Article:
The name “sorrel” comes from the sour-like taste these plants give. This taste comes from oxalic acid and these guys were the first source from which this compound was isolated. I have recently read that much like most of the forbs in the Ozarks these guys were used by Native Americans and early European settlers as a food source to spice up salads as well as having intended medicinal values. Don’t eat too much, however, as the concentrations of oxalate in these plants are even higher than in spinach and tea and apparently kidney stones could be a consequence.
Violet wood sorrel grows from tiny bulbs beginning in mid spring in the Ozarks and is usually found in acidic, rocky open woods, fallow fields, prairies and roadsides according to Steyermark. These guys will bloom multiple times across the growing season, usually following a cool rainy spell.
I spent most of yesterday hiking Hawn State Park, where these guys were one of the most abundant wildflower in bloom. I hiked all three loops, Whispering Pines North and South and the White Oak trail for the first time in one day. Including the connector trail I believe this was a bit more than 15 miles. With my 27 pound pack and lunch + water, let me tell you I felt it during the last five miles or so. I didn’t take the camera out much, being mostly interested in the hike and not seeing too much that interested me composition-wise anyway.
I’m still stunned about the schedule spring has taken and I can’t stop talking about it. I went to Hawn hoping to time the bloom of the wild azaleas, which usually do not start to bloom until the last week of April or the first week of May in the park. Yesterday I found only two or three bushes that were still in bloom along sheltered north-facing hillsides. The rest had bloomed and were nearly in full leaf! Everywhere I look vegetation is 4-6 weeks ahead of typical schedule. I was waiting to see if bird migration might be early as well. We have seen some evidence of this. There have been reports already of new early arrival state records of warblers and yesterday all the usual nesters seemed to be in the area and setting up territories.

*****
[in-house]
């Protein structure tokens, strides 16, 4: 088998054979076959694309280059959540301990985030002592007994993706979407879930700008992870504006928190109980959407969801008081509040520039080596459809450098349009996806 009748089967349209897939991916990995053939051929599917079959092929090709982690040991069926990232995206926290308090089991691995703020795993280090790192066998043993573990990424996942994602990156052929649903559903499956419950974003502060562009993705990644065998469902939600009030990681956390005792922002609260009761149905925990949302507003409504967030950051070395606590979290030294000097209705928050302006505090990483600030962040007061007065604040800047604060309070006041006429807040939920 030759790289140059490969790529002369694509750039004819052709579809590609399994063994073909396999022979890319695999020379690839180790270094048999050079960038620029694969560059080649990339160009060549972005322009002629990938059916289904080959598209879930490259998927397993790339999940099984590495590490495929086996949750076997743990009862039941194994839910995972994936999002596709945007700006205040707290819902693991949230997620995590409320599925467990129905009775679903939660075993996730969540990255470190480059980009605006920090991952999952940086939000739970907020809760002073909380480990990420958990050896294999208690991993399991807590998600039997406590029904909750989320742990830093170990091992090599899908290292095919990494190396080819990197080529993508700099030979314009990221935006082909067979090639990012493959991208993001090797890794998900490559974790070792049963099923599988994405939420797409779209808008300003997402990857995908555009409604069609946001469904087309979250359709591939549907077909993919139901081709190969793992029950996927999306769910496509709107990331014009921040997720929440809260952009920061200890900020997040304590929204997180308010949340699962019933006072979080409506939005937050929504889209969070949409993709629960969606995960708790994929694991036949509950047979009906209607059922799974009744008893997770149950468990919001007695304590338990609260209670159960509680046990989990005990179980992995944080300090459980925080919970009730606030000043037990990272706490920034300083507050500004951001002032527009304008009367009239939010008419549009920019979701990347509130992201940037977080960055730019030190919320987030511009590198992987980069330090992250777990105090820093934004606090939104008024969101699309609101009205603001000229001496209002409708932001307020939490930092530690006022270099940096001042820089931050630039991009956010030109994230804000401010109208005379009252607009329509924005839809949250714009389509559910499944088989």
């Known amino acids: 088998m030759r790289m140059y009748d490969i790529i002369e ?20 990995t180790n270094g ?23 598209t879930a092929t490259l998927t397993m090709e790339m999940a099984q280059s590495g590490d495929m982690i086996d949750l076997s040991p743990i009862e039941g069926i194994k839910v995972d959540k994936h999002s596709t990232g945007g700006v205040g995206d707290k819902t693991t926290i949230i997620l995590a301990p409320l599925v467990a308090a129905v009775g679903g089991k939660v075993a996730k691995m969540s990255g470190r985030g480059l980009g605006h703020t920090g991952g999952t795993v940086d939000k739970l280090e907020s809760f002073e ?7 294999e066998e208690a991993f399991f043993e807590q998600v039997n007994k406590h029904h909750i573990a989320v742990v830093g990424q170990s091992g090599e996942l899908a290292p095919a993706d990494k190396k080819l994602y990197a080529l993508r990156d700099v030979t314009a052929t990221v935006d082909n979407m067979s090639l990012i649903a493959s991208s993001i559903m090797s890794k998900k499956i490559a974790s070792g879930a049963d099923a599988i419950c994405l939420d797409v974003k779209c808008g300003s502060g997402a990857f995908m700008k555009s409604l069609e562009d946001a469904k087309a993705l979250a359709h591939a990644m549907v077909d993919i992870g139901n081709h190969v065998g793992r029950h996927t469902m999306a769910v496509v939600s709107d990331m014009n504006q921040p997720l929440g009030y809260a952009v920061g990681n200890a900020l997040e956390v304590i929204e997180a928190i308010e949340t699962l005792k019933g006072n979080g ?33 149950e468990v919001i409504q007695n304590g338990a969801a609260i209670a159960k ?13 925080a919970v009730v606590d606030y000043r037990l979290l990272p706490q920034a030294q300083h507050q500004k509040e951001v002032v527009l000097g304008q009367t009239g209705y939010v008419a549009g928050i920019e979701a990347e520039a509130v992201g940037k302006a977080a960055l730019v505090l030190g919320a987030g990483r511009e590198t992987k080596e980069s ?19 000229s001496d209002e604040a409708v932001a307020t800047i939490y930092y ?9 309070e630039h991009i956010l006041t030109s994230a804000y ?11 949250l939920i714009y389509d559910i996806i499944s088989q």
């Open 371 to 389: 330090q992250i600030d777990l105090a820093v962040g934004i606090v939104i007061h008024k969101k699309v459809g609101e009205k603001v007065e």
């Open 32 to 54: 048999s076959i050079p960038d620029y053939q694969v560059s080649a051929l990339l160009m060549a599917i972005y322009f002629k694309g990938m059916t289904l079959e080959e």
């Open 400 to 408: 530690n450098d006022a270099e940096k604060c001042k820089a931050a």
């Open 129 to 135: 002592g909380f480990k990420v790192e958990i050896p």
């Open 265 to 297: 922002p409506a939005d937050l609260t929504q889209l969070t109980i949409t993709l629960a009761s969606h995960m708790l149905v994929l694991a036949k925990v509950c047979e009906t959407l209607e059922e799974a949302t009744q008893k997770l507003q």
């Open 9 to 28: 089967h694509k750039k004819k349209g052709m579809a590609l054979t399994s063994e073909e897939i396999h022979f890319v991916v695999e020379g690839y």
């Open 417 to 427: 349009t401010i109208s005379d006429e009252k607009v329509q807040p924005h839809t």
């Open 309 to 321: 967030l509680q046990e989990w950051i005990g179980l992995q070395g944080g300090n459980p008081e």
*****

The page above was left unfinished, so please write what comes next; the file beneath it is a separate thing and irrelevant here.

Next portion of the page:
This time of year at Hawn can be quite useful for the birder-by-ear. Yesterday, several hard-to-discern trillers could be found and compared in the field at one time. Within my hike I found the Pine and Worm-eating Warblers, the Chipping Sparrow the Dark-eyed Junco and Swamp Sparrow all singing their trill-like advertisements. Every spring it seems like I have to start my ear from scratch, the Worm-eating Warbler being the most distinctive to me. After a couple weeks I finally think I make some progress and then forget again soon after. Usually I can go by location; the Junco leaves pretty soon and the other two sparrows are usually found in more open, grassy habitats, which leaves the two warblers to discern. There, as its name suggests, the Pine is found in concentrations of the short-leaf pin in our region and the Worm-eating is more often found amongst deciduous tree tops.
Yesterday was a glorious day for hiking at Hawn S.P. As usual, I was surprised but pleased that I did not see more folks on the trails. If a day like that can’t tear you away from the couch I don’t know what can.
I spent a fantastic Saturday hiking and making images in the Missouri Ozarks yesterday. Any day, even a bad day, in nature beats about anything else I can think of doing. Some days I barely take the camera out of the bag, instead concentrating on hiking, birding, botanizing, etc… Other days, like yesterday, it took me close to six hours to hike the North loop of the Whispering Pine Trail of Hawn SP because I stopped so often to set up the camera or observe some wildlife.
Technical details: Canon EOS 7D camera, EF100mm f/2.8L Macro IS USM lens, ISO 100, f/14, 1/13 sec